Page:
Circling Houston, Part 3

So let’s talk about capacity expansion.

One of the big things that separates current thinking about freeway interchanges from 1950’s thinking about interchanges is the question of through capacity. Originally, the idea was that you could reduce capacity through the interchange because some traffic is getting on and off. So for instance you might have an eight-lane freeway which was six through the interchange area with one or two lanes cutting off to the crossroad and one or two rejoining. Texas does not have a lot of surviving examples of this setup (they tend to jam up, and we tend to fix that thing), but you can find it if you go elsewhere. Like Tacoma, Washington where I-5 is eight lanes throughout south Tacoma, all the way down to the Air Force base, but necks down to six lanes as the outer lanes leave for the 38th Street / SR 16 C-D roads. (WashDOT is actually widening this section as we speak so enjoy it while it lasts.)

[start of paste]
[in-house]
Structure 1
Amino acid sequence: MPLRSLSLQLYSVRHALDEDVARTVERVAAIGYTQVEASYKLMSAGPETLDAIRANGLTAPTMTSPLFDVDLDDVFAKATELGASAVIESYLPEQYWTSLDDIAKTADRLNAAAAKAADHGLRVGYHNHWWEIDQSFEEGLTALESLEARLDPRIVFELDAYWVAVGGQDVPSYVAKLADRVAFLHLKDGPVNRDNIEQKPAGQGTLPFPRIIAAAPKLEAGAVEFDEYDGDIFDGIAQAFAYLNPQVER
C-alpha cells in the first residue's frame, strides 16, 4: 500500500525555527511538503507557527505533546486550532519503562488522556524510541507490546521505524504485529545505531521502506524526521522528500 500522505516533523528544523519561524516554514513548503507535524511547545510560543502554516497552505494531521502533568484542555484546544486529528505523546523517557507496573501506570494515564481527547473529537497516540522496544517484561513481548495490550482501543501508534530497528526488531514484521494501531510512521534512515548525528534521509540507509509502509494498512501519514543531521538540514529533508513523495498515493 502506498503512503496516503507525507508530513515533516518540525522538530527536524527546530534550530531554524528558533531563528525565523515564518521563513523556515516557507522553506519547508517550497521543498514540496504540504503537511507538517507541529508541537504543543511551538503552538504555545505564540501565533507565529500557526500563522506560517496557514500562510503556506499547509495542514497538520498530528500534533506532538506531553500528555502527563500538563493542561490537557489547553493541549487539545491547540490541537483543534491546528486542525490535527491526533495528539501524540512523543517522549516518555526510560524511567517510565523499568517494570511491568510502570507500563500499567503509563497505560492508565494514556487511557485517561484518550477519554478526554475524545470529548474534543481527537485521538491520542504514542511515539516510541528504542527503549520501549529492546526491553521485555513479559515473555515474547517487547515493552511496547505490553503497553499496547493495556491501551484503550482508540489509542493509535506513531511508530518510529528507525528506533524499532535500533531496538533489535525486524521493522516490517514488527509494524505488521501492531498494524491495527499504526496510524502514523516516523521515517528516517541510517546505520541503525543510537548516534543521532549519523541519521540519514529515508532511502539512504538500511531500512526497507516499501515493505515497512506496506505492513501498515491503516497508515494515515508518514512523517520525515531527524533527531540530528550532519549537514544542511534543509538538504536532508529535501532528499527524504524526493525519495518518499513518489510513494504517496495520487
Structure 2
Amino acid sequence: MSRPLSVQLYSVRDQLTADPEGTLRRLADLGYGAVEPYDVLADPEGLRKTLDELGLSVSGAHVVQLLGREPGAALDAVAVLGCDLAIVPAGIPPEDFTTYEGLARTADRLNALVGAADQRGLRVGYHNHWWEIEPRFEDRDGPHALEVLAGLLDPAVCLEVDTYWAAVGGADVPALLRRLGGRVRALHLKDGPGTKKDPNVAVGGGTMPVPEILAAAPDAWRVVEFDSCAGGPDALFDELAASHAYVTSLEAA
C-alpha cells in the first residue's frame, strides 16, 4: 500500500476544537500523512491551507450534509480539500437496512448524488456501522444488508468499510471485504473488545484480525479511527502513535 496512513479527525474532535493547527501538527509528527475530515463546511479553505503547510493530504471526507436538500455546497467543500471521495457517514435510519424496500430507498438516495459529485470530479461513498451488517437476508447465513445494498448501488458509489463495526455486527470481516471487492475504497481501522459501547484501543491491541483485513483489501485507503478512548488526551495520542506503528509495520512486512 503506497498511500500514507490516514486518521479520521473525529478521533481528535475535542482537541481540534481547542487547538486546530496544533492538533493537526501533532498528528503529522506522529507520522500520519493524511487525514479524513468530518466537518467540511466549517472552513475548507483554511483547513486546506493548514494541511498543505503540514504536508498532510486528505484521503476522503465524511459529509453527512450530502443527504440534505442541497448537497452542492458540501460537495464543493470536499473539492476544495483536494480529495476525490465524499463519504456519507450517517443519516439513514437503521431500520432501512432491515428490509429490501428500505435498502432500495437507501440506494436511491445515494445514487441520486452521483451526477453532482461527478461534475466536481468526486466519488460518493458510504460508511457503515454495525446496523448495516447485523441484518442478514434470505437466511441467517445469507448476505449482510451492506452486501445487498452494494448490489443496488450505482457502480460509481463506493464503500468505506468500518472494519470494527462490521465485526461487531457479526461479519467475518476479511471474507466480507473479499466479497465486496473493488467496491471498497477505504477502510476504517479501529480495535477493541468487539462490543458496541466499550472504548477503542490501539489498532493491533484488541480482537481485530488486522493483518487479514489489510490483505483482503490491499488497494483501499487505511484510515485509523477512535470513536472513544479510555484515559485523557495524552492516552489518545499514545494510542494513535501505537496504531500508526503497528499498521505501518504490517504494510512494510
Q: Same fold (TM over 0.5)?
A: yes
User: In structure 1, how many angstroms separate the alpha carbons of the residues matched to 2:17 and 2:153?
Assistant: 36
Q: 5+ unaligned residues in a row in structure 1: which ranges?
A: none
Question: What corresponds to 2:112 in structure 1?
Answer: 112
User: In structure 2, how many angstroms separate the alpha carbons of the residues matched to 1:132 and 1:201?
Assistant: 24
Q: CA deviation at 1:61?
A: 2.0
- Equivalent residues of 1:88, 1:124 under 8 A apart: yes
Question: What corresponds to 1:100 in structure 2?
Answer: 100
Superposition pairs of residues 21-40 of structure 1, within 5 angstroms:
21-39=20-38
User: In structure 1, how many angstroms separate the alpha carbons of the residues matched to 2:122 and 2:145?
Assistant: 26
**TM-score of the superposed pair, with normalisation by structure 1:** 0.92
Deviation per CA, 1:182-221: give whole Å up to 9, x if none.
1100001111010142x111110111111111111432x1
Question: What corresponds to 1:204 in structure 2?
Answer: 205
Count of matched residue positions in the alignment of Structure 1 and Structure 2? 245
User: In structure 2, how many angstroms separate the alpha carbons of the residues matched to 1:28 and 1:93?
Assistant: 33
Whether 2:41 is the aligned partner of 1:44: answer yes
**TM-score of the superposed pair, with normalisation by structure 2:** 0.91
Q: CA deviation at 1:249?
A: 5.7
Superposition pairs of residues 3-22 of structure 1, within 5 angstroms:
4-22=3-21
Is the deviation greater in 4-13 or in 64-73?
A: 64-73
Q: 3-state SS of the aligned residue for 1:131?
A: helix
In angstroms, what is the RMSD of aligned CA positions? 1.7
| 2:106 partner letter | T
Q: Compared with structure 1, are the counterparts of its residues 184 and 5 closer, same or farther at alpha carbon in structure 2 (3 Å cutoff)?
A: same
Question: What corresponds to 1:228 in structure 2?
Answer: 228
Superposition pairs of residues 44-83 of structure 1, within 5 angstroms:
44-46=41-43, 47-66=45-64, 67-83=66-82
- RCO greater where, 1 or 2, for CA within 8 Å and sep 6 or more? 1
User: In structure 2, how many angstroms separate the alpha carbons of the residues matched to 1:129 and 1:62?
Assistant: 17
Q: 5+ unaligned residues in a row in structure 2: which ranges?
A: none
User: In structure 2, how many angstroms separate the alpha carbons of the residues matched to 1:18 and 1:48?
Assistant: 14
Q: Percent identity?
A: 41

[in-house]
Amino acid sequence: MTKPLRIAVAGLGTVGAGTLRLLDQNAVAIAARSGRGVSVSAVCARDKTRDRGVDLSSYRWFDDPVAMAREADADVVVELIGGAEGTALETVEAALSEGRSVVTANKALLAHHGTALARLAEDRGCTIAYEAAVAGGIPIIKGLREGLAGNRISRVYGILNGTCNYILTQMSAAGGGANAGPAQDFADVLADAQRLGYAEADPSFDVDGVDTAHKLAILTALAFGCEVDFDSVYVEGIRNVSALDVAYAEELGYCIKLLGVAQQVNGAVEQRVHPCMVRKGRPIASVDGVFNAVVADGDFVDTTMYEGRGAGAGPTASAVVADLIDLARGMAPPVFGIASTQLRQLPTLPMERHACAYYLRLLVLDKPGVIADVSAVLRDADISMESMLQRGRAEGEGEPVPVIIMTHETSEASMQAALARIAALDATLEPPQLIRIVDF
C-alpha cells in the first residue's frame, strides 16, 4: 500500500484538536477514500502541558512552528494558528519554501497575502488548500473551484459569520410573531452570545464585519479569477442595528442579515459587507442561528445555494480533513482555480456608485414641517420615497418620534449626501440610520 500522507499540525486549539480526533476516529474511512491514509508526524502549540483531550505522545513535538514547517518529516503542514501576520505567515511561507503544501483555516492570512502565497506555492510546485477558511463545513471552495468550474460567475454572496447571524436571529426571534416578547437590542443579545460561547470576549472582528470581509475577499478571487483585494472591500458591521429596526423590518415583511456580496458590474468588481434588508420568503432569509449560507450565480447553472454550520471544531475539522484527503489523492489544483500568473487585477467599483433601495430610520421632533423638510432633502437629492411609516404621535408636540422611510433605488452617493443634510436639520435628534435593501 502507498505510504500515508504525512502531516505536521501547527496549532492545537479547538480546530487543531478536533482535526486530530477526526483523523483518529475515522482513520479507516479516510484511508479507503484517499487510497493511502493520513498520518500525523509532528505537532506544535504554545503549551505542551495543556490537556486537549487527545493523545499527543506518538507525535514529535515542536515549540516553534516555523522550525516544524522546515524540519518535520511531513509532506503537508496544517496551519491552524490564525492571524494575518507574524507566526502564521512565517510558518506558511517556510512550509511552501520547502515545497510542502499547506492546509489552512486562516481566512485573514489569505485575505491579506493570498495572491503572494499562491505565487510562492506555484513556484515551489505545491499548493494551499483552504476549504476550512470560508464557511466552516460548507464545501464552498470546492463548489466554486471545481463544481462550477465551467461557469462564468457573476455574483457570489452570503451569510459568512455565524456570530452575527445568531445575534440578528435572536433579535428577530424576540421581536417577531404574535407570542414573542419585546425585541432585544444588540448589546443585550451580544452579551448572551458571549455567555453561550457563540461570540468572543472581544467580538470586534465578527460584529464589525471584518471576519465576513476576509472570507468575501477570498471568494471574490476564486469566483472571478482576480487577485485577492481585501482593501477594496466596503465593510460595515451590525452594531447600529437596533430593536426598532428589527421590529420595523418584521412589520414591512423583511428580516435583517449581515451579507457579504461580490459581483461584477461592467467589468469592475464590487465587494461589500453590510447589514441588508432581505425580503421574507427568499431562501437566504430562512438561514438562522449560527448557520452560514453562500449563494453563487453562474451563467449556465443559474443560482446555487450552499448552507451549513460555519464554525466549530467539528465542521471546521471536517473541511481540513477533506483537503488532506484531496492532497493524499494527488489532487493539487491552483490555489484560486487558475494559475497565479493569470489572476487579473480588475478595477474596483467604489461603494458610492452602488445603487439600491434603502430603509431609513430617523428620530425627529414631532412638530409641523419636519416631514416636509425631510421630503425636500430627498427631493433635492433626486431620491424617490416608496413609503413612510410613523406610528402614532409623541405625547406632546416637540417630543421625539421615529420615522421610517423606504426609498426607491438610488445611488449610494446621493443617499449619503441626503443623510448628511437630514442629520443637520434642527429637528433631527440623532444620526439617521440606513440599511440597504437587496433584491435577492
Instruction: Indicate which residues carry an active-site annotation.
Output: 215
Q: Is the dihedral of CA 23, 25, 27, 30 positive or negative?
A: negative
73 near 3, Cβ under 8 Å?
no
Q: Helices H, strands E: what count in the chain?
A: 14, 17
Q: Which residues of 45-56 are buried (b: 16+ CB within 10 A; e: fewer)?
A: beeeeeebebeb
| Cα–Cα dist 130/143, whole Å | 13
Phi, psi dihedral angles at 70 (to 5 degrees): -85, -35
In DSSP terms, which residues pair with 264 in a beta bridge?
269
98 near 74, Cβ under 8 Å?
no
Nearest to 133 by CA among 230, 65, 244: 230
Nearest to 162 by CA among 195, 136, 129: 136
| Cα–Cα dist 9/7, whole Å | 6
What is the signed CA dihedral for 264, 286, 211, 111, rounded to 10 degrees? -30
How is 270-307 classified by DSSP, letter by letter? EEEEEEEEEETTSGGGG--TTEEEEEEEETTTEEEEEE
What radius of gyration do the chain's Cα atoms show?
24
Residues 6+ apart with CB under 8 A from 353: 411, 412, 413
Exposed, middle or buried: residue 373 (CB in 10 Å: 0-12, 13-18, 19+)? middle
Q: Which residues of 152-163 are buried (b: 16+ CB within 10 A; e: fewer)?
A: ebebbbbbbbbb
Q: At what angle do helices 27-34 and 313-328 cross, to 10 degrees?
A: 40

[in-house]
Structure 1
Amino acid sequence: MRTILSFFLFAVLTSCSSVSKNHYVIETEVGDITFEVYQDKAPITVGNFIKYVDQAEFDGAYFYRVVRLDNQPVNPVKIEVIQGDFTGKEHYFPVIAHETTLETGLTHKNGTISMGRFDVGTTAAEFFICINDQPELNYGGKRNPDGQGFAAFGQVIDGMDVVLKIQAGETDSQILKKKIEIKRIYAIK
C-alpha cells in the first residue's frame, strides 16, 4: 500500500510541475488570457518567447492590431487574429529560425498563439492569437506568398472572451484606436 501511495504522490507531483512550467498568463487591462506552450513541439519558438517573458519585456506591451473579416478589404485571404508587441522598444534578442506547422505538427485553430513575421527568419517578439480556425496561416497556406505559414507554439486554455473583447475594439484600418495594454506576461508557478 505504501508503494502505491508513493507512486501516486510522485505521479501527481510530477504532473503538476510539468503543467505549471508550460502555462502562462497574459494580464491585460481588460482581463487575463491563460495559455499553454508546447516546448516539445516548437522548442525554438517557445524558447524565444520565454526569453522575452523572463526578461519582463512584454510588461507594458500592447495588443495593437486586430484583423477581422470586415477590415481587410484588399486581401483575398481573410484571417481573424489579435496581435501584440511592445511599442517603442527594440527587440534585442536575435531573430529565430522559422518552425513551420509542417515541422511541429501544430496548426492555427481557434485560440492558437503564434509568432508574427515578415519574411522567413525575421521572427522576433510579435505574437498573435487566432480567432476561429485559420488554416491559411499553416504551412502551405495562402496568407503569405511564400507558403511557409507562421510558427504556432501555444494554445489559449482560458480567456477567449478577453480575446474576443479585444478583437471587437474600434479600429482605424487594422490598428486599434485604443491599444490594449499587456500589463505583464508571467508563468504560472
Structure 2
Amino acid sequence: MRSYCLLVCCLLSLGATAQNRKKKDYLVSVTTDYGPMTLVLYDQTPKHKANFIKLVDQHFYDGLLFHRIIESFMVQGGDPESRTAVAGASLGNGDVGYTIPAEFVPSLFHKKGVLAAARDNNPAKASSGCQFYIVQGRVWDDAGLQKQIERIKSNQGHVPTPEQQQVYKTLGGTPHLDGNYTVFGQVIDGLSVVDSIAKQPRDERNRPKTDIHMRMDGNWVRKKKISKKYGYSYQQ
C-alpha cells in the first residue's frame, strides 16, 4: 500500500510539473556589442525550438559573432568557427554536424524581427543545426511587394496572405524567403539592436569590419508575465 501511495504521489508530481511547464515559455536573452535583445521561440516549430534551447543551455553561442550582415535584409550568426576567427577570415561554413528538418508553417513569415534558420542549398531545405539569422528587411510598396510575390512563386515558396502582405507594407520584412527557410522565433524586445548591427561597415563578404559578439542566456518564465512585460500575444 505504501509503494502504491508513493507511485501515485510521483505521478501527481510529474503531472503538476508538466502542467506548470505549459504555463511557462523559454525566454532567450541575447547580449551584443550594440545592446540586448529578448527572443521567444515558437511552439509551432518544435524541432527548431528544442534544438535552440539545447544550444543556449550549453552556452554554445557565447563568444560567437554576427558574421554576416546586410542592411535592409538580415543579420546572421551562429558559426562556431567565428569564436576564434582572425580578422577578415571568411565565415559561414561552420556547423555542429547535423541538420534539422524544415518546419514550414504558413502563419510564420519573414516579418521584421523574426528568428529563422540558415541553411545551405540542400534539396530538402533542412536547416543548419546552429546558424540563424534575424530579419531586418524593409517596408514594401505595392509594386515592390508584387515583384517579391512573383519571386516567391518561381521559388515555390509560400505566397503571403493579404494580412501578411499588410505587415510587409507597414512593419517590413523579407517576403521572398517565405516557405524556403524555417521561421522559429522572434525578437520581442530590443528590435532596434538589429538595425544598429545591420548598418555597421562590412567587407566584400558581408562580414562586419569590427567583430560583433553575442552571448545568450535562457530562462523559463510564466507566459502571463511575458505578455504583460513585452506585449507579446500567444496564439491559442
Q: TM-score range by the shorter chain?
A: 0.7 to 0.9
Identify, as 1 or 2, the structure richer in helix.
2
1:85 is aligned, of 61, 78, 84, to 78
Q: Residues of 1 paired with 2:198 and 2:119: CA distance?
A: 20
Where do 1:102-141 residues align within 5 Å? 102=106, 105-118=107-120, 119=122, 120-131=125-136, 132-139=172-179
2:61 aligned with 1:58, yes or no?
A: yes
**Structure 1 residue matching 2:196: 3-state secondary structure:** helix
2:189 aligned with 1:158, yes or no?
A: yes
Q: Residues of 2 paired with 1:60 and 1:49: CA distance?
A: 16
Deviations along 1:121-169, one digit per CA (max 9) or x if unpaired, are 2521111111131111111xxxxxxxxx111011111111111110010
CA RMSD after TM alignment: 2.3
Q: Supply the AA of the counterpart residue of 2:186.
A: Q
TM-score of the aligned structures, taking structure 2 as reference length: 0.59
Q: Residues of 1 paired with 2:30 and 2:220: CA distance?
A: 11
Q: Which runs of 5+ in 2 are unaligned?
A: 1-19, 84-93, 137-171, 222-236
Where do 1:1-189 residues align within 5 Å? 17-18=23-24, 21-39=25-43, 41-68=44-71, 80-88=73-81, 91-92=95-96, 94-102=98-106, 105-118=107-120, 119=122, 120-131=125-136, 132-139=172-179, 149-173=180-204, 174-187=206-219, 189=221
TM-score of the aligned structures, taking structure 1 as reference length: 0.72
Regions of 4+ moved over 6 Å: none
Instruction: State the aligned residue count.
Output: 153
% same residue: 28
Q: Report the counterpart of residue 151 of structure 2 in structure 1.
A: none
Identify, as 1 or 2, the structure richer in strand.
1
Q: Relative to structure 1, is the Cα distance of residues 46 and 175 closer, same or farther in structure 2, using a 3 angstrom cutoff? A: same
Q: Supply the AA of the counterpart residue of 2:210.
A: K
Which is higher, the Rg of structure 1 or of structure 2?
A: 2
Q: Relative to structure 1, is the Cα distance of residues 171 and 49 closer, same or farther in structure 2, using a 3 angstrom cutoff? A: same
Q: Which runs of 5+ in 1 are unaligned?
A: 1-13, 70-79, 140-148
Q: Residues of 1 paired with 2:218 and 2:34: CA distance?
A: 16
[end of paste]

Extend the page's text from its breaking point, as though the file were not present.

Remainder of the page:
The current thinking is that you maintain all the through lanes through the interchange area, and any additional lanes you pick up get spooled off one-by-one into downstream local exits. This is pretty clearly seen on the westbound Katy Freeway free lanes where you have four lanes going under Beltway 8, pick up another from the frontage/local feeder entrance, pick up another two from the BW8 interchange, then spool them off one by one into Kirkwood, Dairy Ashford, and then eventually SH 6.

The Downtown Houston freeway loop can really be thought of as one very large interchange rather than a bunch of separate freeways and their associated interchanges. For instance if I’m at the Market and I decide I want to get to the UH, I’m going to just jump on 45 and that’s that. But if I’m at say the TxDOT Houston District HQ and I want to go to the car wash on OST I’m lookin’ at 10 East to 45 South to 59 South to 288 South. I don’t see where one journey is appreciably more complex than the other; in both cases I got on one freeway, transited the Downtown Houston interchange complex, then ended up on another. But numerology suggests otherwise.